Dibotelo said vitamins and minerals are important to protect the body and fend off Covid19. They include Vitamin C to fight infections which can be sourced from lemons, oranges, strawberries, tomatoes, morula, etc ; Vitamin D to protect against respiratory infections, whose sources include fish (salmon, sardines), lean meat, liver, egg yolk, fortified foods (cereals, margarine) and sunlight; Vitamin A to stimulate a healthy immune system obtained from fish, liver, fortified cereal, carrots, broccoli, squash, etc; Zinc to aid development and healthy function of the immune system. Sources — baked beans, nuts, lean meats, etc; Selenium to boost immune system and guard against some flu strains. Sources — nuts and seeds, eggs, poultry, fish, etc.
Regularly eating healthy is made easier by sometimes keeping the basis of your main meals traditional and preparing unprocessed starchy foods such as ntlatlawane, mosutlhwane, lebelebele, etc. In addition it is important to incorporate; plenty of fruits, vegetables, meats, fish, dairy, eggs, and pulses (dry beans, lentils, peas, nuts) to your day to day diet. Not forgetting to eat fatty foods, sugary foods and drinks sparingly, use salt in moderation and avoid or take alcohol in moderation. Drinking plenty of clean water (8-10 cups per day) and regular physical activity, at least 150 minutes per week also significantly contributes to staying healthy during the Covid19 pandemic. “Including convenience foods which are packed with nutrients and have a long shelf life, stocking up on canned, dried or frozen foods aid in minimizing frequent shopping that exposes us to COVID-19,” said Dibotelo.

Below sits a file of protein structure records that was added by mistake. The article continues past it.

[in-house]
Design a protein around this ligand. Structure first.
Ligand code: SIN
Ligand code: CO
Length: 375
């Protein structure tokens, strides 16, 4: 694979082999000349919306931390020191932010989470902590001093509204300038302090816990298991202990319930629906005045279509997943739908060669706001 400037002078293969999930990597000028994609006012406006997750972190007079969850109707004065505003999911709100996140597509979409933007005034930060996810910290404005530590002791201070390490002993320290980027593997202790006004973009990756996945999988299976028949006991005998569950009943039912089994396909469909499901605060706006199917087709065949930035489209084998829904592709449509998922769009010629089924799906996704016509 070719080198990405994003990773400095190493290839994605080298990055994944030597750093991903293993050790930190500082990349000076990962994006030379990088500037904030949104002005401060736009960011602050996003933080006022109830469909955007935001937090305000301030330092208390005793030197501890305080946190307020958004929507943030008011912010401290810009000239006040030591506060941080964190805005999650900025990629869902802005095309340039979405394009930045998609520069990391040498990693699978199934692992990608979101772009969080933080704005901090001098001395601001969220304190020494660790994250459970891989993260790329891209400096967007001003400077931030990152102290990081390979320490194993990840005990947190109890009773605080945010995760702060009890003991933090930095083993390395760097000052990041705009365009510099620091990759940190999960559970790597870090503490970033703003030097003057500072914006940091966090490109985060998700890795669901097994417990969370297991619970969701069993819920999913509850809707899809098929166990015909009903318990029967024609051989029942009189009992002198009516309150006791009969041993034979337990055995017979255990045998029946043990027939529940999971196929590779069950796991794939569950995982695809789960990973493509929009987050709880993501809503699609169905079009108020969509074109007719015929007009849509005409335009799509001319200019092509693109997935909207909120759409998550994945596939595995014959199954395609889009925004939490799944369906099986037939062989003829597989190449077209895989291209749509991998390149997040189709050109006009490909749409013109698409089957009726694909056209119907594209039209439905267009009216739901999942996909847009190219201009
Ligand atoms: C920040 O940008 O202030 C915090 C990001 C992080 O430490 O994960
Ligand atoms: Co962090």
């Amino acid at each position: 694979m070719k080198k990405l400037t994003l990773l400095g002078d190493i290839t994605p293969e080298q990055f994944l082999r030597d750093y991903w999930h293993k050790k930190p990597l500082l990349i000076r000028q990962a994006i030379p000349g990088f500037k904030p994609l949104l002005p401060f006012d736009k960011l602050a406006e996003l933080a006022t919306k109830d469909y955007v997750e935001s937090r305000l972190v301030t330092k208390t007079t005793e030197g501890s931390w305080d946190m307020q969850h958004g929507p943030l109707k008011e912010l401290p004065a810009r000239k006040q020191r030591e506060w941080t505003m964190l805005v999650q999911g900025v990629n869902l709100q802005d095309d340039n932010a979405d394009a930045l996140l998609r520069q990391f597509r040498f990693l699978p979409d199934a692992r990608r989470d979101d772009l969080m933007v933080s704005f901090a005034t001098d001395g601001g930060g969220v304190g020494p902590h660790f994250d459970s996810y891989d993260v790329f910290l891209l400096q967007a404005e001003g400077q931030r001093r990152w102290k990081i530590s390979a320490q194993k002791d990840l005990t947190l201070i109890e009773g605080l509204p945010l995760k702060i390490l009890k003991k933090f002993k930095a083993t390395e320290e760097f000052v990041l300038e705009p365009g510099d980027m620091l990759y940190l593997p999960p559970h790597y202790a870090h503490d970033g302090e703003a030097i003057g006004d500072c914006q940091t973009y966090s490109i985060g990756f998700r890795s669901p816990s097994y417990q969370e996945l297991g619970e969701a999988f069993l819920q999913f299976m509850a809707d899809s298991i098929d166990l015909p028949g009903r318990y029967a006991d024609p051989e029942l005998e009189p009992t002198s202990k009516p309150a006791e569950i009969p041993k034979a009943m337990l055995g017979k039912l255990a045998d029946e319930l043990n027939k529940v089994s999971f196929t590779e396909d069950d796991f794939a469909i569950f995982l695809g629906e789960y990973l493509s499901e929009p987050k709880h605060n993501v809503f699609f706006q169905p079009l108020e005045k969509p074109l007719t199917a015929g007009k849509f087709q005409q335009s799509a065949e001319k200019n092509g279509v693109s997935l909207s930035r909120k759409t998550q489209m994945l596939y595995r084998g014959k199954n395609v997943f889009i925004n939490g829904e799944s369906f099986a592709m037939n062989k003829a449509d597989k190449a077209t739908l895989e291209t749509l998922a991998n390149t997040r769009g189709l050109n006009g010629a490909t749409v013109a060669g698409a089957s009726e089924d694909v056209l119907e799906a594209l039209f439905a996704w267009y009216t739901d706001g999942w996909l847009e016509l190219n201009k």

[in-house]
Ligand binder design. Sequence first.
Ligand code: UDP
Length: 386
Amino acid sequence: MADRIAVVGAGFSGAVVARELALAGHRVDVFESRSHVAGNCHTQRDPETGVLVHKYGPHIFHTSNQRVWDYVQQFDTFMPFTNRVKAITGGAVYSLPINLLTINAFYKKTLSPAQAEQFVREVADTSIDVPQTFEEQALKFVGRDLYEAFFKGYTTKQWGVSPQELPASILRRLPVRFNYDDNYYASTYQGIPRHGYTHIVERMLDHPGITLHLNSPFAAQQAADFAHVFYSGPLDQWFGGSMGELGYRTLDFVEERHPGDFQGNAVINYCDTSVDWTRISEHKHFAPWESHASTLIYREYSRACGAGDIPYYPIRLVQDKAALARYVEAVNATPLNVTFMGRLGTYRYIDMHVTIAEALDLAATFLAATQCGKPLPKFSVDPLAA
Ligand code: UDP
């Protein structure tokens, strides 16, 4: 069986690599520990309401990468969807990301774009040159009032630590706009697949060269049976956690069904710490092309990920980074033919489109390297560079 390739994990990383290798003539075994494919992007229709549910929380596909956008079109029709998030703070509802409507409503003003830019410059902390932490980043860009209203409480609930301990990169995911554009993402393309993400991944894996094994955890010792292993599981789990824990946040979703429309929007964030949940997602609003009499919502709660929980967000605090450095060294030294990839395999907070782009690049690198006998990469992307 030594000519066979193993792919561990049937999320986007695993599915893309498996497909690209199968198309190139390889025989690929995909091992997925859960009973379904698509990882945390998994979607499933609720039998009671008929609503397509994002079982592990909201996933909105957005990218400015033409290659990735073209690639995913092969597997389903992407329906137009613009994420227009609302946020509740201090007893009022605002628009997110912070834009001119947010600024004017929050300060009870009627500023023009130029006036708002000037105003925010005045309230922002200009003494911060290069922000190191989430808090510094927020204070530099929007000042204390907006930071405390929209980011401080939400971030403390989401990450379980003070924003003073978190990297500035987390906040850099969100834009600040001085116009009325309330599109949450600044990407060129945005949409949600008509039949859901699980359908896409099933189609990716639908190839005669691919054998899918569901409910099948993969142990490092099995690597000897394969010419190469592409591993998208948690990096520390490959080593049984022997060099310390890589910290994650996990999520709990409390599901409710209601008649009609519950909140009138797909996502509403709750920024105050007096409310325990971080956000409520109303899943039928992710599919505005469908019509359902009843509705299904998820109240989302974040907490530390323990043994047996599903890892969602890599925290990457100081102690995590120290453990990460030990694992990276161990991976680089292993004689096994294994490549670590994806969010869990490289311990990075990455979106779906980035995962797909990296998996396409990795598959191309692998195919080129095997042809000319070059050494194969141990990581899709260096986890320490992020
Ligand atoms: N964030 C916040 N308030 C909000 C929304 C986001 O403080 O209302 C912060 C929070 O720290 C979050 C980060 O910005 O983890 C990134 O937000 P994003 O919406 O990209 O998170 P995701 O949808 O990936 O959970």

Taking into consideration that Covid19 has caused a spike in food prices and put a strain on budgets, Dibotelo suggested and encouraged fruits and vegetables for sources of vitamins and minerals deeming them more affordable when compared to meat. He also pointed out that we are a meat-loving nation and suggested that beans, lentils and ground nuts are adequate sources of protein and more budget friendly to lower saturated fat intake from eating lots of meat. Concluding by encouraging the nation to remember and adhere to maintaining social distancing, sanitizing and wearing a mask when shopping for essential food items.
Some people who shared their post COVID-19 experiences reported that eating foods like ginger, garlic, onion and sour candy helped them recover their sense of taste. A few people mentioned practicing aromatherapy, which according to Johns Hopkins Medicine is “the practice of using essential oils for therapeutic benefit.” When inhaled, the scent molecules in essential oils travel from the olfactory nerves directly to the brain and especially impact the amygdala, the emotional center of the brain, as stated by the Johns Hopkins Medicine organization. Lemongrass, lavender, tea tree oils and eucalyptus oil when steaming were revealed to be of help in regaining sense of smell. Many people shared how vitamin c and zinc helped their recovery by boosting their immune systems and post COVID vitamin B aided with fatigue symptoms. A number of people strongly advised that getting a post COVID medical assessment and treatment literally saved their lives, where their lungs were badly affected by COVID-19 pneumonia and some with dangerously low white blood cell levels.